One of the most common ways to find grant opportunities from private funders is to use the Foundation Center database.
In my last column (“Where to find grants for education,” October 2010), I wrote abut how to find grant opportunities from public funders, such as government agencies. This month, I’m going to focus on finding grant opportunities from private funders, such as foundations and corporations. However, I need to add one more source of information for federal grant opportunities.
According to its website, Grants.gov is a central storehouse for information on more than 1,000 federal grant programs and provides access to approximately $500 billion in annual awards. If you haven’t registered yet with Grants.gov, I would encourage you to do this now, even if you’re not currently interested in applying for federal grants. The application process is free, and applications can take a few days to be processed. Registering now can help you avoid any problems with missed deadlines if you decide to apply for a federal grant in the future.
Today, applicants must use the Grants.gov system to apply for most federal grants, although there are few grant programs that still do not use this electronic system. Grant seekers can search for federal grants using Grants.gov and can receive eMail notification of grant announcements from specific federal agencies. Clicking on these announcements will provide you with the guidance needed for these programs, as well as the online grant package that must be completed and submitted, if applicable.
One of the most common ways to find information about potential private funders is to use the Foundation Center database. Go to www.fdncenter.org, locate the nearest Foundation Center library, and pay the library a visit in order to access its database for free. When you access the database, you can search by funder interest, geographic location, and the dollar amount of a foundation’s assets, among other criteria. The Foundation Center libraries that I have visited also provided additional directories and books about grants and funding. In addition, you can subscribe to the Foundation Center database if you want continuous access from your own computer, instead of having to make a physical trip to the nearest library for information.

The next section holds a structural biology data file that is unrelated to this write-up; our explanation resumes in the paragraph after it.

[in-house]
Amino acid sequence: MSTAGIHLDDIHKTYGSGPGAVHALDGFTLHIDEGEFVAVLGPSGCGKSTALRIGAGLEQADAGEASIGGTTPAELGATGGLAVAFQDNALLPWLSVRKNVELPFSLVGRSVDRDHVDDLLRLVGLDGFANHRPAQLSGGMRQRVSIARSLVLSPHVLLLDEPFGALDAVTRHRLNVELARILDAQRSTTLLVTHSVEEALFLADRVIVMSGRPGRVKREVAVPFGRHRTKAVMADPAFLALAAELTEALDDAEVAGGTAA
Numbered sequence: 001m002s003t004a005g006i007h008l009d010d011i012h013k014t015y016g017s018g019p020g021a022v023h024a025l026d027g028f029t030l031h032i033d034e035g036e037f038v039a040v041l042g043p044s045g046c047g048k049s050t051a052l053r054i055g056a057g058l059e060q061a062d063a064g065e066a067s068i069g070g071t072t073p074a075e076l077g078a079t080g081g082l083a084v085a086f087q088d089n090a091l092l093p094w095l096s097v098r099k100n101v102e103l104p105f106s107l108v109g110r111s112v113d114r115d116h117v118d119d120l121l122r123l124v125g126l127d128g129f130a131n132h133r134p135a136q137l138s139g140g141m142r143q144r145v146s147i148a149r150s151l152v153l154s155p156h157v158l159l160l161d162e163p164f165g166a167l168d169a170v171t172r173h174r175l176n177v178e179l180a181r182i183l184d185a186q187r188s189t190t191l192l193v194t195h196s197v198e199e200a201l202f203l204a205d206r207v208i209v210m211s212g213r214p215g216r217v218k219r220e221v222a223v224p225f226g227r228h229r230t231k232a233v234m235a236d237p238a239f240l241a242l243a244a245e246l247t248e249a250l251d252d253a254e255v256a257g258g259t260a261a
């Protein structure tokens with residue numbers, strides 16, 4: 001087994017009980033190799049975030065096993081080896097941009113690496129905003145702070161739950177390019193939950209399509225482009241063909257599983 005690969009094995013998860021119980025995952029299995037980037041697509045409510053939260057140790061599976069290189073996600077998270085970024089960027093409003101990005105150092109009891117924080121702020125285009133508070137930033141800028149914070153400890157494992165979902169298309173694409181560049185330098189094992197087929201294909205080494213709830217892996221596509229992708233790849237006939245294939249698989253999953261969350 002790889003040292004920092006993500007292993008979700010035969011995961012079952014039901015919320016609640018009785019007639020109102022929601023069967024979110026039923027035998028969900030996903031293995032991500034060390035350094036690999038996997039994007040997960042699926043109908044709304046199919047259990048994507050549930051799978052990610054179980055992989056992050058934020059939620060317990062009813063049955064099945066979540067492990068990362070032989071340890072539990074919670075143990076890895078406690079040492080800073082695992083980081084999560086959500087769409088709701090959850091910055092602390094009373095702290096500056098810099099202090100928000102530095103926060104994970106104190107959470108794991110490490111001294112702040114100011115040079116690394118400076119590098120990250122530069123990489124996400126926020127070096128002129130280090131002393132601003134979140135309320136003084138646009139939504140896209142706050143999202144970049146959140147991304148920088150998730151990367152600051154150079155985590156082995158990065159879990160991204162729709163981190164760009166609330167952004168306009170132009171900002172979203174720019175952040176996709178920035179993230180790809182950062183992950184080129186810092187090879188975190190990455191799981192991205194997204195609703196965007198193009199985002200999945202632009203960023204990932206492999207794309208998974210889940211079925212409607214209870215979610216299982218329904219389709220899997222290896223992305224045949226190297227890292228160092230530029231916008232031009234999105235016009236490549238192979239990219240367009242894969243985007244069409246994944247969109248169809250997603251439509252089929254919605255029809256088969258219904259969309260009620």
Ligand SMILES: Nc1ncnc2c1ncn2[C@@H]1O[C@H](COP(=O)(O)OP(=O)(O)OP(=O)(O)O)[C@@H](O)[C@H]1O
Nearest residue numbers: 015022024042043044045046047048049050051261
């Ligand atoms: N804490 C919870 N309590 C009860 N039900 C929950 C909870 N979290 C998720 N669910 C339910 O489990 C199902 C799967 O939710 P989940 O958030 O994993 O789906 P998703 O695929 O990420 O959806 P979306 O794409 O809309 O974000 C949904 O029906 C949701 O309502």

If you know the name of the foundation you’re looking for, you can find its website by using a regular search engine—but you should note, however, that not all foundations have a website, especially if they are small and have no paid staff. On their websites, most foundations will describe their eligibility requirements, list application deadlines and amounts of their grant awards, and provide a list of prior grantees. Many foundations also now use an online application process, so you can see what information will be needed to submit a request for funding.
Many corporate funders also include grants information on their website; however, I’ve found this information sometimes can be hard to locate. Try looking under tabs labeled “foundation,” “corporate giving,” “giving,” or “community support.” As with private foundations, you can find eligibility requirements, application requirements, giving histories, and the online application itself, if applicable.
If you’re not sure what corporate funders exist in your community, contact your local Chamber of Commerce and ask if they have a list of top employers in your community. Start researching this list to find potential funders, but don’t restrict yourself only to the major employers in your community. You might find that smaller businesses also provide financial support, although the dollar amounts they give might be smaller than those of the major corporations.
The last type of funders to research are national or local organizations related to a specific academic discipline—such as the National Science Teachers Association, the National Council of Teachers of Mathematics, and so on. If there is a national organization devoted to your academic field, do some research to see if it offers any grants you can apply for to support a classroom project. Again, the organization’s website probably will provide you with all the information you’ll need to decide if this is a viable funder for you to pursue.
(Editor’s note: For $35 per year, you can also receive our Grants & Funding ALERT electronic newsletter, which delivers the latest federal and private grant listings to your eMail in-box twice a month; to sign up, click here.)